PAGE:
Of interest to very few

I use the iNaturalist app regularly. Its developers call it “social media for naturalists.” But iNaturalist (called “iNat” for short) is also used by scientists to gather data. I’m interested in how iNat is both social media, and citizen science / participatory science. With that in mind:

Here are links to a sampling of published papers about scientific use of iNat:

Also of interest: “Assessing the accuracy of free automated plant identification applications.” It’s not clear whether this paper assessed the full iNaturalist app, or Seek by iNaturalist. The Seek app uses only machine identification, while the iNaturalist app also includes human review of machine identifications. Regarding this paper, one of iNaturalist’s developers writes (on the iNat Forum), “…their descriptions of it sound more like the iNaturalist app, not Seek by iNaturalist.” Either way, it looks like iNat provides excellent identification.

Finally, iNat users have the option of choosing several licenses when uploading photographs, ranging from full copyright protection through Creative Commons licenses, to public domain. But choosing full copyright protection means that scientists are not able to use the uploaded iNat data. Therefore, if you want to do participatory science using iNat, you need to choose a license that allows your observations to be translated to the GBIF standard. Public domain up to Creative Commons BY-NC licenses can be translated to GBIF.

Citizen science project

Another worthy citizen science project…. Here in New England, the Native Plant Trust trains people to be Plant Conservation Volunteers (PCVs) for the New England Plant Conservation Program (NEPCoP):

“PCVs support professional botanists and State Heritage Programs by gathering vital data in the field. Across the six states of New England, PCVs conduct field monitoring, seed collection, and habitat management. PCVs now number in the hundreds, but as native plant habitats face mounting stresses, we need even more passionate volunteers to help save New England’s native plants.”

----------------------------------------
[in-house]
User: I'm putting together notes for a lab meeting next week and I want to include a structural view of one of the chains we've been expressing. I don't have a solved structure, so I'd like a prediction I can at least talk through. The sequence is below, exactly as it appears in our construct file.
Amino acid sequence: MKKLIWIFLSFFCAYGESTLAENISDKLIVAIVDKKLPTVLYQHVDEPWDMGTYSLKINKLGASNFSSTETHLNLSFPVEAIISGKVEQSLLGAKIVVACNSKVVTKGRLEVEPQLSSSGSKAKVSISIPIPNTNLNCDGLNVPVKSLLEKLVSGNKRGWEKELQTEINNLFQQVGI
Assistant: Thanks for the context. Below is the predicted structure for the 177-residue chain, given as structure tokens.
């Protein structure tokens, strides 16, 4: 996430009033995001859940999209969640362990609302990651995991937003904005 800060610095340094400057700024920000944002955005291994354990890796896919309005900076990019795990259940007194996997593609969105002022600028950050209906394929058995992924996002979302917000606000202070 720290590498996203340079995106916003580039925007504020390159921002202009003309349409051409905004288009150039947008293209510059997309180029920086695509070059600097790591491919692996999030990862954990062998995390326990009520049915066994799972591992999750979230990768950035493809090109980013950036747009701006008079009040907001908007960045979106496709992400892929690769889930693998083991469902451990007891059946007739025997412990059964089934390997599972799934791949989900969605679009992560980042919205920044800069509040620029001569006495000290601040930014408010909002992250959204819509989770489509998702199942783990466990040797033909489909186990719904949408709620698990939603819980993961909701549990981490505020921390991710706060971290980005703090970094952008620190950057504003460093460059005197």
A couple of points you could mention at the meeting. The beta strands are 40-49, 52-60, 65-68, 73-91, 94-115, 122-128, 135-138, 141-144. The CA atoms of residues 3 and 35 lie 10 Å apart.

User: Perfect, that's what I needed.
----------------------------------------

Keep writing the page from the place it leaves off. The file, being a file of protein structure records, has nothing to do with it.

“Newt Patrol”

Here’s an interesting citizen science project….

“The Newt Patrol is a group of citizen scientists in the South Bay. We have been surveying newt roadkills near Lexington Reservoir since 2017. We have documented over 10,000 dead newts so far, representing one of the highest rates of amphibian roadkill mortality known worldwide. This project aims to raise awareness of this problem and provide a rigorous database that could be used by the authorities to implement mitigation measures.”

You can see their Web site here.


Tonight was the first class in the California Naturalist course I’m taking, a course offered by a local nonprofit, Grassroots Ecology, and University of California Agriculture and Renewable Resources.

Tonight I learned that we’ll be participating in “Nature’s Notebook,” a citizen science project of the USA National Phenology Network, in cooperation with the US Geological survey. The Web site says, “Nature’s Notebook gathers information on plant and animal phenology across the U.S. to be used for decision-making on local, national and global scales to ensure the continued vitality of our environment.”

Put into plain English — With global climate change, spring arrives earlier and winter starts later. Ordinary people like you and me can help gather data on these changes by observing key species of animals and plants. They make it easy; you submit your observations using either a smartphone app or a Web site.

And I learned a new word, phenology, which the OED defines as “the study of times of recurring natural phenomena.”